Quality engineering is a cross-functional Six Sigma strategy encompassing a wide range of methodologies and tools. It is the idea that by incorporating quality into the design, development, and manufacturing processes, a product will be made that meets or exceeds customer expectations.
Quality engineers are the individuals who make quality systems a reality. These engineers can identify issues, troubleshoot, implement quality controls, monitor the production line, test products, and much more. Some common quality engineering methods include:
- Quality Management Systems: To ensure successful quality engineering, it is imperative to create, implement, and manage a QMS. This will help to keep continuous improvement on track by providing a succinct framework for quality.
- Advanced Product Quality Planning: Apply tools like Failure Mode and Effects Analysis (FMEA) and QFD early on in design concept and continue it all the way to the finished product.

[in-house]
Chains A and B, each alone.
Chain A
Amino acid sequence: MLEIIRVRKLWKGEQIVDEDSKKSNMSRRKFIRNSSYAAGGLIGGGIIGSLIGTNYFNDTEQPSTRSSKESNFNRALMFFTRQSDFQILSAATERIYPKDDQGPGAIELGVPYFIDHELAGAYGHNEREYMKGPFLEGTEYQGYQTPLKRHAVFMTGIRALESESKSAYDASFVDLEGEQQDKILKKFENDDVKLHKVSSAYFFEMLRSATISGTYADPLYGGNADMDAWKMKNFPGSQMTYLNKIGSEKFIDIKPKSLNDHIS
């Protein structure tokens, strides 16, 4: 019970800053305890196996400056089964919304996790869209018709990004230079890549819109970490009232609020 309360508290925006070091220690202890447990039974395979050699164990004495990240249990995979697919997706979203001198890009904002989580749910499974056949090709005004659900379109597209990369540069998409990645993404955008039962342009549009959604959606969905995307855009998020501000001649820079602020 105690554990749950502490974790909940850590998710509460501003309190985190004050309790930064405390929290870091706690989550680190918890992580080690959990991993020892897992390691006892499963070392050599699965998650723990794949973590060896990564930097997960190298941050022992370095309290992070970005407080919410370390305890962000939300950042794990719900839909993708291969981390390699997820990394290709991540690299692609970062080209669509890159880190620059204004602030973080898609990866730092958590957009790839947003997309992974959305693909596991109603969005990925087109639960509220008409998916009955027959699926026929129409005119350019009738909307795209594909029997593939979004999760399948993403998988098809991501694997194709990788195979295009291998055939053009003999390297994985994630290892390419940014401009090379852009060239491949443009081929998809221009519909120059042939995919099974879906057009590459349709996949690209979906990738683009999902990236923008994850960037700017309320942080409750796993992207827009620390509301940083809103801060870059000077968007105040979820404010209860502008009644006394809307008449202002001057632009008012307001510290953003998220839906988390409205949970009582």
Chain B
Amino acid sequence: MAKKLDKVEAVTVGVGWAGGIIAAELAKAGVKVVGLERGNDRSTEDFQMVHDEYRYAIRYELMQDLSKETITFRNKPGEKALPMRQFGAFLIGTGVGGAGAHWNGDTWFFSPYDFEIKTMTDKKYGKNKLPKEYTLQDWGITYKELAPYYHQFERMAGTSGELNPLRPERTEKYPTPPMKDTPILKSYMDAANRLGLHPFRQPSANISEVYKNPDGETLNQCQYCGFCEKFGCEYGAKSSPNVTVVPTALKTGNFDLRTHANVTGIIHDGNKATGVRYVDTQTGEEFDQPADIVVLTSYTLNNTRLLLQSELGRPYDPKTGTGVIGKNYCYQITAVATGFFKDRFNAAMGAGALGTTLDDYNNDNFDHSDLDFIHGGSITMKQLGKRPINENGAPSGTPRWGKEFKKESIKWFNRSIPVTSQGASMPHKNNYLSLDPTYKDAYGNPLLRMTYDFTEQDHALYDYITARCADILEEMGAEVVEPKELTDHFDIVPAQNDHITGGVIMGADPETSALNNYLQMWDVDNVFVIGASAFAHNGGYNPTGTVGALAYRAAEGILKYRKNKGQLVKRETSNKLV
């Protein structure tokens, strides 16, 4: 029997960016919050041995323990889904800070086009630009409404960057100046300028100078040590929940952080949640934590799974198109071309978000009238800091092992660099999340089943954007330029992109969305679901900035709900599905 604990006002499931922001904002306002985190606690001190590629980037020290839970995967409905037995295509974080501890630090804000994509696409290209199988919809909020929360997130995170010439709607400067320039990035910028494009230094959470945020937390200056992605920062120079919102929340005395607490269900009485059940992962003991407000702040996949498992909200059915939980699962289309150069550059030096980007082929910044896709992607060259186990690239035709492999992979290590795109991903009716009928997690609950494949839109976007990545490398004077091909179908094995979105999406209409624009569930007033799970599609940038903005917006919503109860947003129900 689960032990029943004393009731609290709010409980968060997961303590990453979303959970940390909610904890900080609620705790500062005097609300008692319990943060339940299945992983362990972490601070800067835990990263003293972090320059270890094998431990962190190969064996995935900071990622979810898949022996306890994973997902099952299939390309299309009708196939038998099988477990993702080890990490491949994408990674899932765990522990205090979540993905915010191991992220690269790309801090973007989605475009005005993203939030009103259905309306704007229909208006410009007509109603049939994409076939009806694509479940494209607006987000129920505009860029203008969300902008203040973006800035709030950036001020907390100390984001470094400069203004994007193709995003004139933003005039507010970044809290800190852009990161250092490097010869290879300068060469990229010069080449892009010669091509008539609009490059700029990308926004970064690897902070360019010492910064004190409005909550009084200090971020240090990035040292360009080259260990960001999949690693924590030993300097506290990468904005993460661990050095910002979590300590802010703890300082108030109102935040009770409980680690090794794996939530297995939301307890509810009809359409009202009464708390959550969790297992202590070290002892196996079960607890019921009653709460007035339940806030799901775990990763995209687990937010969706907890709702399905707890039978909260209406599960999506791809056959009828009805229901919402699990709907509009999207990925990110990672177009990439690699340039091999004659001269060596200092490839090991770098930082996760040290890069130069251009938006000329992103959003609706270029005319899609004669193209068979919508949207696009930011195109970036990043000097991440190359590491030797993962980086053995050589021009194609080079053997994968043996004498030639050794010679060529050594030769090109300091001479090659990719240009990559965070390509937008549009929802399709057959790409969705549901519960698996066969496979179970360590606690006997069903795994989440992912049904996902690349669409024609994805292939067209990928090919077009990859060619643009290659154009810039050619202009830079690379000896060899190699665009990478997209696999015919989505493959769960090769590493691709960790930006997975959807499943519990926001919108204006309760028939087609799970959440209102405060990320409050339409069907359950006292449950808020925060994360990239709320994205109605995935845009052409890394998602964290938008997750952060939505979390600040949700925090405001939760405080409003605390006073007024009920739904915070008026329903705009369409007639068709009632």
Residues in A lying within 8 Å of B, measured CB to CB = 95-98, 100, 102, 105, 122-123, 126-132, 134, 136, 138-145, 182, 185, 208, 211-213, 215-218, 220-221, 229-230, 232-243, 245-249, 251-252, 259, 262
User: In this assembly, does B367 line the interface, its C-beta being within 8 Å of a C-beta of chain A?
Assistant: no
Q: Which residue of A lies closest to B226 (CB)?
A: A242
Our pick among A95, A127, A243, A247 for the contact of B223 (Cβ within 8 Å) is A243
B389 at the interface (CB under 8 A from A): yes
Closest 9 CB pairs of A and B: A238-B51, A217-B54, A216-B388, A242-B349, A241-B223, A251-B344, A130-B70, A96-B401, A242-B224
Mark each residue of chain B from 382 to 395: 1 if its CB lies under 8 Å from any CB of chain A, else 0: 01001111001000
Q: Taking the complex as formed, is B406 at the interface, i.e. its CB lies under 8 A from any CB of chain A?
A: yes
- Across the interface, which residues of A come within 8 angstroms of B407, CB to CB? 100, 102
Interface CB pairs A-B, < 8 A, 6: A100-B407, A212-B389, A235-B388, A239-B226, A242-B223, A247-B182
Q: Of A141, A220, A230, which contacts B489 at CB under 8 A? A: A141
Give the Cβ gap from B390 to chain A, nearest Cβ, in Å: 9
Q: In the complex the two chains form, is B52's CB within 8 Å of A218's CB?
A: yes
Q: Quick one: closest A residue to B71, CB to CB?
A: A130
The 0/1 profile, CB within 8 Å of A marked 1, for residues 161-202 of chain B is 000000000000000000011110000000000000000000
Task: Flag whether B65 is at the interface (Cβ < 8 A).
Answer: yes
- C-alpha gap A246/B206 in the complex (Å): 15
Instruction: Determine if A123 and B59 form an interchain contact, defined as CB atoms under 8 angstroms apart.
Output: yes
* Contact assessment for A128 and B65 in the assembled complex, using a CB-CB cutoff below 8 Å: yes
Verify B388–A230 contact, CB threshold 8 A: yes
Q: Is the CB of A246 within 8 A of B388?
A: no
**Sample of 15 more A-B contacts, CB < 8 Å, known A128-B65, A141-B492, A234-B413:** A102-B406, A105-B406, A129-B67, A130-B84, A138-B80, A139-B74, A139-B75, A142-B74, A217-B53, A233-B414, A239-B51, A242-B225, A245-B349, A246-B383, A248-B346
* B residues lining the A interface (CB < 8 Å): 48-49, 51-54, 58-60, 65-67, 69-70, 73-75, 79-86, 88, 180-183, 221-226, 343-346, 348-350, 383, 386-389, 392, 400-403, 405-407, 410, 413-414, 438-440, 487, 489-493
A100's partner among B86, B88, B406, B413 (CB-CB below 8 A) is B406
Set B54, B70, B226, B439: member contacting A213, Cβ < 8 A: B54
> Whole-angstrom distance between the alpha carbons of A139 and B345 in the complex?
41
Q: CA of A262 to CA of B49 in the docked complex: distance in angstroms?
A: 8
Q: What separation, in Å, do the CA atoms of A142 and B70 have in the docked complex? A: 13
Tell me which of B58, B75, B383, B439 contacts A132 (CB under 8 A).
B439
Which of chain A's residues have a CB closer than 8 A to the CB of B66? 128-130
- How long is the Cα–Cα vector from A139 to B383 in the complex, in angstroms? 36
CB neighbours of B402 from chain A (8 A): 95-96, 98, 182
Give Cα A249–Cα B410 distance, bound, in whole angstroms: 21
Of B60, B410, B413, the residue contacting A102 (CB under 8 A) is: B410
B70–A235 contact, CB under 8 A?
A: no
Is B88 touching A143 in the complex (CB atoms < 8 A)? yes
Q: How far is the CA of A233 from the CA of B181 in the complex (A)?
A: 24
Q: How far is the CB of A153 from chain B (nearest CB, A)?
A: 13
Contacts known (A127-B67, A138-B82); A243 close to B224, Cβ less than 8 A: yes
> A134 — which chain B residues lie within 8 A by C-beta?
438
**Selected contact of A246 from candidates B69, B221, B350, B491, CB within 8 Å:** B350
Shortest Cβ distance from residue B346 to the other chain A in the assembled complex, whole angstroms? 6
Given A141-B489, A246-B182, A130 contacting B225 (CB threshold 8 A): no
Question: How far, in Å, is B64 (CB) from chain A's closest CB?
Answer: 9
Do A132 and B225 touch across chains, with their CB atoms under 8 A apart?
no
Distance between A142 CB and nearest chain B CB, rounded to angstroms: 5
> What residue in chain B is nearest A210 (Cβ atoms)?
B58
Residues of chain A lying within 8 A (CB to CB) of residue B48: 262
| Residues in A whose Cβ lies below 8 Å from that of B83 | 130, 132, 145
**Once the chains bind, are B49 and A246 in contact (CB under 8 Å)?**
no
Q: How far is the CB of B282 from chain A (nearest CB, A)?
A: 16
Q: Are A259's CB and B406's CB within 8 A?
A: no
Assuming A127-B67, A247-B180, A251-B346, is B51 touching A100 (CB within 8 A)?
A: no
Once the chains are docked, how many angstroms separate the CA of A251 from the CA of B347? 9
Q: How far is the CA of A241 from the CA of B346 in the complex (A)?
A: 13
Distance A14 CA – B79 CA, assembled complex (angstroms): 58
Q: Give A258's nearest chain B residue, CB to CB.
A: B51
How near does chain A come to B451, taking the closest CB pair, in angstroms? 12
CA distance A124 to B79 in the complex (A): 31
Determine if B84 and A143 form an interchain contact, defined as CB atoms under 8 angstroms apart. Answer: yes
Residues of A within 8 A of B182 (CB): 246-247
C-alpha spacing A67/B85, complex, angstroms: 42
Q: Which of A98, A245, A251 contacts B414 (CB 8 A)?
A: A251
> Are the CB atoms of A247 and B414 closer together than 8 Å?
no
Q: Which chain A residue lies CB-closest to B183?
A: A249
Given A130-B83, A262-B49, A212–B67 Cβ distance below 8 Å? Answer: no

- Voice of Customer: Incorporating the VOC from the very first steps of design is key when designing new products or processes.
- Process Mapping: One of the most effective quality engineering practices is the practice of identifying and eliminating waste within the manufacturing production. Organizations often create detailed process maps to look for wasteful areas and where processes can be improved.
- Statistical Process Control: Monitoring manufacturing with statistical process control helps supervisors understand the capacity of their production line and process capability.
- Root Cause Analysis: If any quality issues are spotted by customers, it is important to identify the root cause of the problem. Be sure to listen to customer feedback and use tools like the Fishbone Diagram or 5 Whys to prevent the issue from re-occurring and eliminate related issues.
And more! Quality engineering covers a broad scope of methodologies that can be found in Lean manufacturing, Six Sigma, and Kaizen. Not only will quality engineering ensure a quality product, but it supports the continuous improvement mindset and the elimination of common manufacturing wastes.